Having seen both Ramin Bahrani's Man Push Cart and Chop Shop, I'm keen to his compassionate observations of marginalized lives and anticipate that Goodbye Solo will not disappoint. With a cast that includes Juliette Binoche, Jérémie Rénier and the incomparable Edith Scob, I'm curious what kind of B-movie vibe might be present in Olivier Assayas's most recent L'Heure d'été (Summer Hours). Impressed with last year's Jar City, and appreciative of his production credits on The Amazing Truth of Queen Raquela, I'm inclined to check out Baltasar Kormakur's Brúðguminn (White Night Wedding). As a board member on The Global Film Initiative, I'm steeped in Indonesian auteur Garin Nugroho (Of Love & Eggs, Opera Jawa) and am anxious to follow through with Under the Tree to monitor his strengthening creativity. Upon Anthony Kauffman's recommendations, I've become interested in Two-Legged Horse and Treeless Mountain; the latter especially because Girish introduced me to So Yong Kim's In Between Days, which I very much enjoyed.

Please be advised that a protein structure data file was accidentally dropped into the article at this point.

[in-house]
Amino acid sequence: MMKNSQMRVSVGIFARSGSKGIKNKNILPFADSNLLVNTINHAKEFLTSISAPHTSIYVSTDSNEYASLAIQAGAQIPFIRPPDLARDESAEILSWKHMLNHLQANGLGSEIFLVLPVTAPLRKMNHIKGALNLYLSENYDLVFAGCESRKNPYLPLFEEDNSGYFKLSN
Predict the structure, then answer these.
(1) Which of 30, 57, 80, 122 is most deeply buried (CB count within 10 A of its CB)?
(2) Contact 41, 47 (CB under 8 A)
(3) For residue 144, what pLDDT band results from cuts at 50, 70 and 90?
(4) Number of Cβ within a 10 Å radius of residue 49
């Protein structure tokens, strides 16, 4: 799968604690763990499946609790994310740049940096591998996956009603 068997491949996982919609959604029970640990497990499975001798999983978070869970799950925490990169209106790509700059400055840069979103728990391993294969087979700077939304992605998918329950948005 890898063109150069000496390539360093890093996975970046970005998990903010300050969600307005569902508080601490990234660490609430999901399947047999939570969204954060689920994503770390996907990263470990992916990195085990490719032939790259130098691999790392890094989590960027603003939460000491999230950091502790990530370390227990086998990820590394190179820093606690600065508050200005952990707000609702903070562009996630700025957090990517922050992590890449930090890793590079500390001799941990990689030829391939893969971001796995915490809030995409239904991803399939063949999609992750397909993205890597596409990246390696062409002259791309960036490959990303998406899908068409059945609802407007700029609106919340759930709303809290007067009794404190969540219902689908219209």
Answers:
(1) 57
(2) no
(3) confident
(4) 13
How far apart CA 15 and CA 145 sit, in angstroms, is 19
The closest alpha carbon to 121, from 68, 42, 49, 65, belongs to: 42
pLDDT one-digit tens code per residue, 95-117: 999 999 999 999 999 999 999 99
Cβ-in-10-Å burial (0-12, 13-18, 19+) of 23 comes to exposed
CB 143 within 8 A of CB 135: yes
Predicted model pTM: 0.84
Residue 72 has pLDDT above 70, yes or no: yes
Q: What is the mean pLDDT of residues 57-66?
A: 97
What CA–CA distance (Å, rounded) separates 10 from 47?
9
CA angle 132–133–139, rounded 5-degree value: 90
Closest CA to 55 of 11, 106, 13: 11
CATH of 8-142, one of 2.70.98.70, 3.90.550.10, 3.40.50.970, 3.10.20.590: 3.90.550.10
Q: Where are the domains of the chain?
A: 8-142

Because I'm a glutton for punishment, I'm now off to process the Discovery/Master sidebars: my favorite tennis match at TIFF. All of this hypotehtical folderol, however, as undoubtedly I will blindly miss the best film at the festival at the very moment I get a craving for apple pie at the Queen Mother Cafe.

Michael, I'm very sorry to hear you won't be joining us this year. Your insights will be sorely missed.

Girish, I have a nicely-wrapped birthday present for you, which I was hoping to give you on the 3rd; but, perhaps we can hook up for Indian food on the 4th?

August 20, 2008 10:39 PM  
Anonymous Adrian said...

People, I am a little disturbed that no mourning for Manny Farber is happening at my favourite website - maybe an unfortunate effect of the news just making the end of the last thread, not the start of this one!